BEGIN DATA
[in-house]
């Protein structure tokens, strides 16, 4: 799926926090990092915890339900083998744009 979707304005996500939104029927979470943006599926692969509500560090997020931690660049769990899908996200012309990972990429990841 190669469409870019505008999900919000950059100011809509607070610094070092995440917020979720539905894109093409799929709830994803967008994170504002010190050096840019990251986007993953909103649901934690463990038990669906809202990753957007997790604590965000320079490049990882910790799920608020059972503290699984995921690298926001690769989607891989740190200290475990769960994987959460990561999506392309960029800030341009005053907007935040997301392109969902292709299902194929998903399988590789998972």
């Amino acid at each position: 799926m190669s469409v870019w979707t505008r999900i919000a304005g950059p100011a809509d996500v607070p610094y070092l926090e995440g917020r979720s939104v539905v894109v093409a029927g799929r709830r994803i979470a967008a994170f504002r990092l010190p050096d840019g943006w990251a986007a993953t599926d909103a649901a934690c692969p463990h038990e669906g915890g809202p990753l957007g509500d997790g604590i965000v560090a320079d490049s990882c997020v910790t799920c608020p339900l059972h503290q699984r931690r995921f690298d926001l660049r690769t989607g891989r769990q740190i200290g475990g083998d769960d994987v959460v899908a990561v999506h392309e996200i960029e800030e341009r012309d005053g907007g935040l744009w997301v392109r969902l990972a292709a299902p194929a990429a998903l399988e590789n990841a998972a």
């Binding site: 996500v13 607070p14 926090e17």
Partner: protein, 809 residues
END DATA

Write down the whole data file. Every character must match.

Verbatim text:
[in-house]
């Protein structure tokens, strides 16, 4: 799926926090990092915890339900083998744009 979707304005996500939104029927979470943006599926692969509500560090997020931690660049769990899908996200012309990972990429990841 190669469409870019505008999900919000950059100011809509607070610094070092995440917020979720539905894109093409799929709830994803967008994170504002010190050096840019990251986007993953909103649901934690463990038990669906809202990753957007997790604590965000320079490049990882910790799920608020059972503290699984995921690298926001690769989607891989740190200290475990769960994987959460990561999506392309960029800030341009005053907007935040997301392109969902292709299902194929998903399988590789998972």
């Amino acid at each position: 799926m190669s469409v870019w979707t505008r999900i919000a304005g950059p100011a809509d996500v607070p610094y070092l926090e995440g917020r979720s939104v539905v894109v093409a029927g799929r709830r994803i979470a967008a994170f504002r990092l010190p050096d840019g943006w990251a986007a993953t599926d909103a649901a934690c692969p463990h038990e669906g915890g809202p990753l957007g509500d997790g604590i965000v560090a320079d490049s990882c997020v910790t799920c608020p339900l059972h503290q699984r931690r995921f690298d926001l660049r690769t989607g891989r769990q740190i200290g475990g083998d769960d994987v959460v899908a990561v999506h392309e996200i960029e800030e341009r012309d005053g907007g935040l744009w997301v392109r969902l990972a292709a299902p194929a990429a998903l399988e590789n990841a998972a």
């Binding site: 996500v13 607070p14 926090e17």
Partner: protein, 809 residues